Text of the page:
Review of Scattered Cranes

Scattered Cranes: Poems By Guinotte Wise

The book (132 pages) explores themes of country life, working construction, and in a poetic voice. Guinotte makes these interesting to read about.

In the poem THEY SHOOT SANDHILL CRANES he describes chasing a hunter down in his truck to find who is shooting at Cranes. And how he learned to respect animals, as he used to be a hunter of quail. A farmer tells him

“Not here,I like to watch them, gives me pleasure what they do”

He finds out that it is legal to shoot sand hill cranes. He cannot believe it.

Poems like this stuck with me through out the book, the kind of back woods poetry I would expect would not care about animals. This showed a deeper character to the author, and his voice. Some true care.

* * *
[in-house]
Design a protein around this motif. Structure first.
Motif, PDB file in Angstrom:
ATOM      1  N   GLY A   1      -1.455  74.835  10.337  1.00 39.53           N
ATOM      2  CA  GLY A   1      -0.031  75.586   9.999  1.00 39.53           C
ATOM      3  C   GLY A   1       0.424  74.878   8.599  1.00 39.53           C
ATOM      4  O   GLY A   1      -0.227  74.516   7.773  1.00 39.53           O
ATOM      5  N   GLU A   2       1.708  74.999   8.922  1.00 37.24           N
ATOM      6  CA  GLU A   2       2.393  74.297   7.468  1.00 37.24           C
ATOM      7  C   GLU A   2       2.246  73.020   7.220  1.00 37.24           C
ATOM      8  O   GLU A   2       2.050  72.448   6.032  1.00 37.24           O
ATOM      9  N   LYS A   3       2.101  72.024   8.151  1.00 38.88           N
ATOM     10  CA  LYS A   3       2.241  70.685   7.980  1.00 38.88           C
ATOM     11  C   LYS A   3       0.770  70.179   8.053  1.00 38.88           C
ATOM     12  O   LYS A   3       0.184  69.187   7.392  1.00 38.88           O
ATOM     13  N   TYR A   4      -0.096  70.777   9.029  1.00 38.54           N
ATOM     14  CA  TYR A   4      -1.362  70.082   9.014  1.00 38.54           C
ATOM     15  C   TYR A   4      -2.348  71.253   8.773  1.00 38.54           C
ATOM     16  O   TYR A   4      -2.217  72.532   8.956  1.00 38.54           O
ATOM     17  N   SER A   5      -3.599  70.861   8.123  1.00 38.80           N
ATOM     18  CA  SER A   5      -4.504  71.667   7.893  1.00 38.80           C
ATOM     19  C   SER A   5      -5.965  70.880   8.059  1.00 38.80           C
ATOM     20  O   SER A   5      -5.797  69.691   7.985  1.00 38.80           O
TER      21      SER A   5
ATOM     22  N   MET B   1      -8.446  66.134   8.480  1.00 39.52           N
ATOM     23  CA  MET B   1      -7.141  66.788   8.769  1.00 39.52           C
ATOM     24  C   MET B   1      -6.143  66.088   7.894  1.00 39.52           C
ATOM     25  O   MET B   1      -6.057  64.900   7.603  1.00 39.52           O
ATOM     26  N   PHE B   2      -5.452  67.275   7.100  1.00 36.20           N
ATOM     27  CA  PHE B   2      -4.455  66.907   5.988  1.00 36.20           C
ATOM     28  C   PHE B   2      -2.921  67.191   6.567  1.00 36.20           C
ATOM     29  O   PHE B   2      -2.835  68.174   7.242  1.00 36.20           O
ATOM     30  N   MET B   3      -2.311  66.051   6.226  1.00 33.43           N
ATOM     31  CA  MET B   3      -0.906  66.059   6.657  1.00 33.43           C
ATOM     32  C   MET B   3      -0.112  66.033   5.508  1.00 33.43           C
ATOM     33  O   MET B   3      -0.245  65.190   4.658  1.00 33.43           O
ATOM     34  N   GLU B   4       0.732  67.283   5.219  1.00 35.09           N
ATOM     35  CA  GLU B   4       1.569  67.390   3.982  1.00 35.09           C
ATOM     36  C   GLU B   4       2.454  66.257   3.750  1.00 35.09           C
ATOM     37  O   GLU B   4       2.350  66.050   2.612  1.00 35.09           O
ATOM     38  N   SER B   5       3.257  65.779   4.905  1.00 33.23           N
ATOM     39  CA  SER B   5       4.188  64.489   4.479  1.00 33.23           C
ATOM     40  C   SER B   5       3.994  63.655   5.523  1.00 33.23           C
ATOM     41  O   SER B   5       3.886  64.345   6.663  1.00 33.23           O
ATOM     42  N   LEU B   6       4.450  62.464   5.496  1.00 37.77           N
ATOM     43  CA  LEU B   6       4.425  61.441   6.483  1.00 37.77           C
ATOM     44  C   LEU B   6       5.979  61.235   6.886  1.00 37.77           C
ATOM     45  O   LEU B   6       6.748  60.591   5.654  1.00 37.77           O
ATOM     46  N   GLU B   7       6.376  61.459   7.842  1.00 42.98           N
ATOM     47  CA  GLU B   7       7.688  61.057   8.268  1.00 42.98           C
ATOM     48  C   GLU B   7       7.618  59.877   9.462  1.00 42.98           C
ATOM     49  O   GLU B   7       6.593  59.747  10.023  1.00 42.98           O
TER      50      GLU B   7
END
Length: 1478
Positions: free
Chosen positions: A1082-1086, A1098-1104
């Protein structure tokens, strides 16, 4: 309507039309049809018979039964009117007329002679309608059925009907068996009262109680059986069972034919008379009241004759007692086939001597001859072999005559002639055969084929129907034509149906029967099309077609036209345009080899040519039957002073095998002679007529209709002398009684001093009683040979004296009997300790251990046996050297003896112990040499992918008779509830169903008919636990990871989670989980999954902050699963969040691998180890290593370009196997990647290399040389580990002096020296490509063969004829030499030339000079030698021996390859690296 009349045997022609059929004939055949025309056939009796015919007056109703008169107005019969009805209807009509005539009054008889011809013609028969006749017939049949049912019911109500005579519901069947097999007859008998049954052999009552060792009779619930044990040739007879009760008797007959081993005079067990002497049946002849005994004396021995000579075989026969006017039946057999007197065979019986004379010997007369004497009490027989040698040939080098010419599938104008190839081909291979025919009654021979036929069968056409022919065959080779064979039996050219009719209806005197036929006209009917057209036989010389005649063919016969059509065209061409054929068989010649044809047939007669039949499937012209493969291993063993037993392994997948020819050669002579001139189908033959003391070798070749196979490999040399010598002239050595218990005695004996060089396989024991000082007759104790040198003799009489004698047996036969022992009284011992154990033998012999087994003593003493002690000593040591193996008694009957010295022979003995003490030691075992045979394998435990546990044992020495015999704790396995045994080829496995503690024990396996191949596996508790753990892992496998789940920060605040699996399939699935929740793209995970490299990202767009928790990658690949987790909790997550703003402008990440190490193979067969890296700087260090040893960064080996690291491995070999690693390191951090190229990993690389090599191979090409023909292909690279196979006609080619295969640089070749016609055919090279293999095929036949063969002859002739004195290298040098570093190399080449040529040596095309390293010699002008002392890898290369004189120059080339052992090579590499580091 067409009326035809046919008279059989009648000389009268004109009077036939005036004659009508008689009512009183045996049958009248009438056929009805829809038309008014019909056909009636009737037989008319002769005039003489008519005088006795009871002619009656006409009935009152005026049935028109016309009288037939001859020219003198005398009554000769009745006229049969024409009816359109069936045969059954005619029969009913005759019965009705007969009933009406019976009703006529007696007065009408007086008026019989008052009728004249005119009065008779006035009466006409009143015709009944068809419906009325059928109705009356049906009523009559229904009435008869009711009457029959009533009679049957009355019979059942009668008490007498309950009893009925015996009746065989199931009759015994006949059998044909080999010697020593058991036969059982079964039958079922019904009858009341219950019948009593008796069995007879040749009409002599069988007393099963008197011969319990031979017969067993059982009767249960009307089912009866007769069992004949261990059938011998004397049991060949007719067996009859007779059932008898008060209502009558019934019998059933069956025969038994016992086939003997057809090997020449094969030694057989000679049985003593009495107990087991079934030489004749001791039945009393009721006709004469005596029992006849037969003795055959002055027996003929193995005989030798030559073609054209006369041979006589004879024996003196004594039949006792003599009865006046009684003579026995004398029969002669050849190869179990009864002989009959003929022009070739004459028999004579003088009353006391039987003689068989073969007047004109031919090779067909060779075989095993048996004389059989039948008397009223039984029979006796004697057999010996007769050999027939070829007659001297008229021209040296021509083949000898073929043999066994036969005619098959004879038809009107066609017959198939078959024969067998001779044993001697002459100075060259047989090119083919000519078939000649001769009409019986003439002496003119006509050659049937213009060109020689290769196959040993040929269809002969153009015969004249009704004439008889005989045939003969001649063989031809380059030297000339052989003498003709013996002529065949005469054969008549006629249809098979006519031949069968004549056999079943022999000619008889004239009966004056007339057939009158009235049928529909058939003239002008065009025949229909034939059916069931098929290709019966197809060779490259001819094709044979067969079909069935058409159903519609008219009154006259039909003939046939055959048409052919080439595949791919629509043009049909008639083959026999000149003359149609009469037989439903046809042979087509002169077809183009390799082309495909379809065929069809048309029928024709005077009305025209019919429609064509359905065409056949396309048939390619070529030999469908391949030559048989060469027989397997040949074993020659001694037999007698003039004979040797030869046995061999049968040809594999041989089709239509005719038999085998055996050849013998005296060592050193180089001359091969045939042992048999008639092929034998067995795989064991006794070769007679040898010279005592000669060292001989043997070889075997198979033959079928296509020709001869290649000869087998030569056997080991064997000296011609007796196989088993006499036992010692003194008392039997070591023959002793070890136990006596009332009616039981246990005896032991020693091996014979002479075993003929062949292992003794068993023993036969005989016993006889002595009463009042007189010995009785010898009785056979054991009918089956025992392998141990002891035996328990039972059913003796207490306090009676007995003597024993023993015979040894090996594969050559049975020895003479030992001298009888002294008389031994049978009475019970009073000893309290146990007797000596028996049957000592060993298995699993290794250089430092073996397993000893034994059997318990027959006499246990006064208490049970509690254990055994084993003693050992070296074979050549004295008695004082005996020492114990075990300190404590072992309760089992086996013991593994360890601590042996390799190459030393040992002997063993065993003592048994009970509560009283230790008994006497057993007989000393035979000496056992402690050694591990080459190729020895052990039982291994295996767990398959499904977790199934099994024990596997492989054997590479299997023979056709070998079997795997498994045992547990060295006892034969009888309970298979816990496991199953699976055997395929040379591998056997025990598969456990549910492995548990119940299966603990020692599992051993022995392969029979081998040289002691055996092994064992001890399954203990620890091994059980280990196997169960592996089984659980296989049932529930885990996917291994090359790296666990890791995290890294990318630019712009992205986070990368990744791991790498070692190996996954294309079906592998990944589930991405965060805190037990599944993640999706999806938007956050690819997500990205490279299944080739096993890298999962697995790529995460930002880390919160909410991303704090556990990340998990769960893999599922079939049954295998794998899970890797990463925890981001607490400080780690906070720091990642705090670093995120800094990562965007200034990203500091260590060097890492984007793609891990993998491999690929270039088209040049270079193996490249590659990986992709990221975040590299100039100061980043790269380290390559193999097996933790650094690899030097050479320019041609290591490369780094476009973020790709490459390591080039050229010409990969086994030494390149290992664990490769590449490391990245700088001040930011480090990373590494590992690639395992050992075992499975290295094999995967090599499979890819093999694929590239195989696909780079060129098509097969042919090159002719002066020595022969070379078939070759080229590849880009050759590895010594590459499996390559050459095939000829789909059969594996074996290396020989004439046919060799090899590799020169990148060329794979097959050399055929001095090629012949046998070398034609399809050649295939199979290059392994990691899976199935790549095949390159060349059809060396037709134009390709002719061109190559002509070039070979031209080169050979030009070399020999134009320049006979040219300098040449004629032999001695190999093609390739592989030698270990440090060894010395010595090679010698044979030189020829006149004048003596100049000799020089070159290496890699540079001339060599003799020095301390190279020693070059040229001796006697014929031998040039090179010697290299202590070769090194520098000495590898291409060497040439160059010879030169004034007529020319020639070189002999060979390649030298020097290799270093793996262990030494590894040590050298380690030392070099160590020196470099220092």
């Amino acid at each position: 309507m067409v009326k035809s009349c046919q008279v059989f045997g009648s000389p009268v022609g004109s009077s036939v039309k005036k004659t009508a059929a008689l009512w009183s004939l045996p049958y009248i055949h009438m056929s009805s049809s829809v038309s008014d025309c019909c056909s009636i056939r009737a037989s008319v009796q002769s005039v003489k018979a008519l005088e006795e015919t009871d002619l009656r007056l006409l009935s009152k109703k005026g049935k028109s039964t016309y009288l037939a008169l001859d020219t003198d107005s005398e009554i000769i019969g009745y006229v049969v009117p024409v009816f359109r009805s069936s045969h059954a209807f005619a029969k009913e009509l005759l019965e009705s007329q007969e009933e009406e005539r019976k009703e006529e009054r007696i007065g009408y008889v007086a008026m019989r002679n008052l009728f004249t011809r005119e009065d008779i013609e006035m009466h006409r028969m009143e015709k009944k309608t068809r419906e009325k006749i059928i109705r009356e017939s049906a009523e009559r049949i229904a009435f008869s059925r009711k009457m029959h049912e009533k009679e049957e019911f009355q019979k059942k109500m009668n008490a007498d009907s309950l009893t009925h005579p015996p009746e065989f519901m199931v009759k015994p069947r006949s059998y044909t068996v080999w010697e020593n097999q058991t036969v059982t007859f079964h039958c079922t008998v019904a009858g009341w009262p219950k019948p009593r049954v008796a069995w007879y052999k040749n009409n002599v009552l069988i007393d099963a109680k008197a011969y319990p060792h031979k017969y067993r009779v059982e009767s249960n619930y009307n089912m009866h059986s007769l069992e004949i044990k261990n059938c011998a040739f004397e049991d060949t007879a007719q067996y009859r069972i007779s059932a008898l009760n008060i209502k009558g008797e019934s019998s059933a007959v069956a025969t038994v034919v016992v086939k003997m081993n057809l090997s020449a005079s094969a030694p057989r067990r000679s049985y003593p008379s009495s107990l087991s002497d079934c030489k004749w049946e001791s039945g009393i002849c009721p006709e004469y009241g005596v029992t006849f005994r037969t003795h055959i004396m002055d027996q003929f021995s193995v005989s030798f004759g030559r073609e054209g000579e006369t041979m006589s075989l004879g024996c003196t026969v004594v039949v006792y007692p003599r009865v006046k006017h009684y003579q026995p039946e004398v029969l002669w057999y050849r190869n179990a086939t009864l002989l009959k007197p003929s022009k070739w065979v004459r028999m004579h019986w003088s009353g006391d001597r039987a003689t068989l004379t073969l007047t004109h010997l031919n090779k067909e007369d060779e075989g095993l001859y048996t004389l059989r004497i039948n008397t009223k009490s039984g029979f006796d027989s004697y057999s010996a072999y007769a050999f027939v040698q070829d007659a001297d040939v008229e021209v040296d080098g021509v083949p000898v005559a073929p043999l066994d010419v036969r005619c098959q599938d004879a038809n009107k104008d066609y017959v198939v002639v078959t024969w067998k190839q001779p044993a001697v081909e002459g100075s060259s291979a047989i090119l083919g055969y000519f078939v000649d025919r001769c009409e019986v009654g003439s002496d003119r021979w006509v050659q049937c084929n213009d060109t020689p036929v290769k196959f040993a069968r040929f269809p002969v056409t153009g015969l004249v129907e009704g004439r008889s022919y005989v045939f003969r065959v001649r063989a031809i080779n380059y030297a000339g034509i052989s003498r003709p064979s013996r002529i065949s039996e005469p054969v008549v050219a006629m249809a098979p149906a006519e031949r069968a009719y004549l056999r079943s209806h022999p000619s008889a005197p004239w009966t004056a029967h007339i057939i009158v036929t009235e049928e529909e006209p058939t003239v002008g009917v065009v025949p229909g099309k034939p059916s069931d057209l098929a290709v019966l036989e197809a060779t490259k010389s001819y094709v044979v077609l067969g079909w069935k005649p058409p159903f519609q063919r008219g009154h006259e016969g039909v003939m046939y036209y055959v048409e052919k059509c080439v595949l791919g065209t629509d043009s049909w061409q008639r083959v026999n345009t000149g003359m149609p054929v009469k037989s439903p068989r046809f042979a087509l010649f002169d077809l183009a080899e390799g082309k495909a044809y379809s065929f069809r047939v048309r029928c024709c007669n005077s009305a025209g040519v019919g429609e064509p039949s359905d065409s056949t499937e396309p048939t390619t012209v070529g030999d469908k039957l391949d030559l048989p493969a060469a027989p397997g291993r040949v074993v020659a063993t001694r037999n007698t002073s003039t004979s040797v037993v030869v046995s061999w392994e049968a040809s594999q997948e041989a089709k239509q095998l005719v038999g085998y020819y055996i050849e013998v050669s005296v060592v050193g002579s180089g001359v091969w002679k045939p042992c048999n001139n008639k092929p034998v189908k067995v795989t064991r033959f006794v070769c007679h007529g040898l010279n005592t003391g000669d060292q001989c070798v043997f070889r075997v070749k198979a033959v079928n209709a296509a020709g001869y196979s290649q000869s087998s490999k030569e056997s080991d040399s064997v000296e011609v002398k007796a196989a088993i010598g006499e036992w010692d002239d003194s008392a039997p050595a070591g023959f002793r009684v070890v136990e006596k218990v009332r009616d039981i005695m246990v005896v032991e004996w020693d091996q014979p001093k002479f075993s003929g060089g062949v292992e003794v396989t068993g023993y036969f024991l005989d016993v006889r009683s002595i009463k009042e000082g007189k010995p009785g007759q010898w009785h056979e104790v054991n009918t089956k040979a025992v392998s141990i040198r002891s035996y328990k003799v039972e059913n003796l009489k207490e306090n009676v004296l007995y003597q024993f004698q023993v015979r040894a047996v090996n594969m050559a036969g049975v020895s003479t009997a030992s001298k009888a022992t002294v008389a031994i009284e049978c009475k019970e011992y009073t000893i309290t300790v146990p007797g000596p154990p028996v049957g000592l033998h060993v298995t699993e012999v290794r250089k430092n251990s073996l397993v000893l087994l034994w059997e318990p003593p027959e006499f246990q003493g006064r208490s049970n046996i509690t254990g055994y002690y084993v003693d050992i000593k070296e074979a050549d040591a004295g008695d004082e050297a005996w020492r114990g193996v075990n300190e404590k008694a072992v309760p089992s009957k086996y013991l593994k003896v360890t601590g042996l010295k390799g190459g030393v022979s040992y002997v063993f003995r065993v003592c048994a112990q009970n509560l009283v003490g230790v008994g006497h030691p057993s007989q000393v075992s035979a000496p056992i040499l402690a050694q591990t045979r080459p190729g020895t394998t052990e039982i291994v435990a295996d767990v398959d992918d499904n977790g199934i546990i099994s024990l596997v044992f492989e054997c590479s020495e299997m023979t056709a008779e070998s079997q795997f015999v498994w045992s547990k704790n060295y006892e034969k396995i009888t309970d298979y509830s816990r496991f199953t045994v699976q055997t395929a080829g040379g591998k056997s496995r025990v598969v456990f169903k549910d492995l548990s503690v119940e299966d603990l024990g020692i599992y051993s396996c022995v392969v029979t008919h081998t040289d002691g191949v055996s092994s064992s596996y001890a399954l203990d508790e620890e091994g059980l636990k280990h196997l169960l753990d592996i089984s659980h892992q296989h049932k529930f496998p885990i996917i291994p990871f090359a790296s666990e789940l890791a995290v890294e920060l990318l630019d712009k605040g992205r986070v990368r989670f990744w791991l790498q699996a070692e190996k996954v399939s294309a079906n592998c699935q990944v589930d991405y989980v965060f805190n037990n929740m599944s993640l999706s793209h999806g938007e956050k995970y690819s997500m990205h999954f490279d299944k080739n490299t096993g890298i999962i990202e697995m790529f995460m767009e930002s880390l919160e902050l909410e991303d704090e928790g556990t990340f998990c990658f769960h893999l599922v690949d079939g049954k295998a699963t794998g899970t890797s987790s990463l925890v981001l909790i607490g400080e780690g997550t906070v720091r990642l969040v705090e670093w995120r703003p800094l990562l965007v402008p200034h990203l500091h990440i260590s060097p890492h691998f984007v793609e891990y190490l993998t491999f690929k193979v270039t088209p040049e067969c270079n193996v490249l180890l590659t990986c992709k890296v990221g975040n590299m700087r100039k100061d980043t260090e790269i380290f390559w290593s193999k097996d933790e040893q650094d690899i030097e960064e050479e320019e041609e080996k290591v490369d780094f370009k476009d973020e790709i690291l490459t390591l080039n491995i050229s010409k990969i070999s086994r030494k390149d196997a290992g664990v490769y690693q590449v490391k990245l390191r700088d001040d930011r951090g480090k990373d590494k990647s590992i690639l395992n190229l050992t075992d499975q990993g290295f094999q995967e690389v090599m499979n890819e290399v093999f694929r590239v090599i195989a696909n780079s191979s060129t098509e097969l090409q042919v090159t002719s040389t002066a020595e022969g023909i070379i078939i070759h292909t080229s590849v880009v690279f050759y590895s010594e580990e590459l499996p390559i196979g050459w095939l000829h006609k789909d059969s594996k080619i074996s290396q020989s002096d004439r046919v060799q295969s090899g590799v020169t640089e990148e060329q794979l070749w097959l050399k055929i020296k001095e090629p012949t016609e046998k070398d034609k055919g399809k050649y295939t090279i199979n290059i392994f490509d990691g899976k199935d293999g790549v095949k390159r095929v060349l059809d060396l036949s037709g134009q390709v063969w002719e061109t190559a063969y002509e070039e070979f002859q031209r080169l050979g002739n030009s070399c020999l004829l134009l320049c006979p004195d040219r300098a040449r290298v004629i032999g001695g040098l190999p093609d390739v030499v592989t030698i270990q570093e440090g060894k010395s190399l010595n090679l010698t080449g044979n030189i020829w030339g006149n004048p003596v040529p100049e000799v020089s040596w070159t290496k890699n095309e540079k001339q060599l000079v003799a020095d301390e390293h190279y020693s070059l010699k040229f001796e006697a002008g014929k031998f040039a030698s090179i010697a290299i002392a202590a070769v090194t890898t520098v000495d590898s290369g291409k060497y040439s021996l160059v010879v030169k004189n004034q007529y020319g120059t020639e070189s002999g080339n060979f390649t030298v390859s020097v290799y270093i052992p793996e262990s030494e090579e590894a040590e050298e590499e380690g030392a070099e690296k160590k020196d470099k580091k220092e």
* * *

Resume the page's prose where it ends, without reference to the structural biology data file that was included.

The syntax and composition  of each poem has a quick, and flowing pace, a voice I could speak with, and understand, everything was left out but the grit. In this way the language, somewhat slanted, and composed in fragments of thought, come together into a final suggestive image. Each poem sees through the bullshit, and finds a poem in the nature of reality most would dodge, and in this way the collection is an accomplishment, creating a poetry a working people could find inspiration from.

Zachary Scott Hamilton

MANNEQUIN HAUS 

FIN SORREL
PUBLISHING HOUSE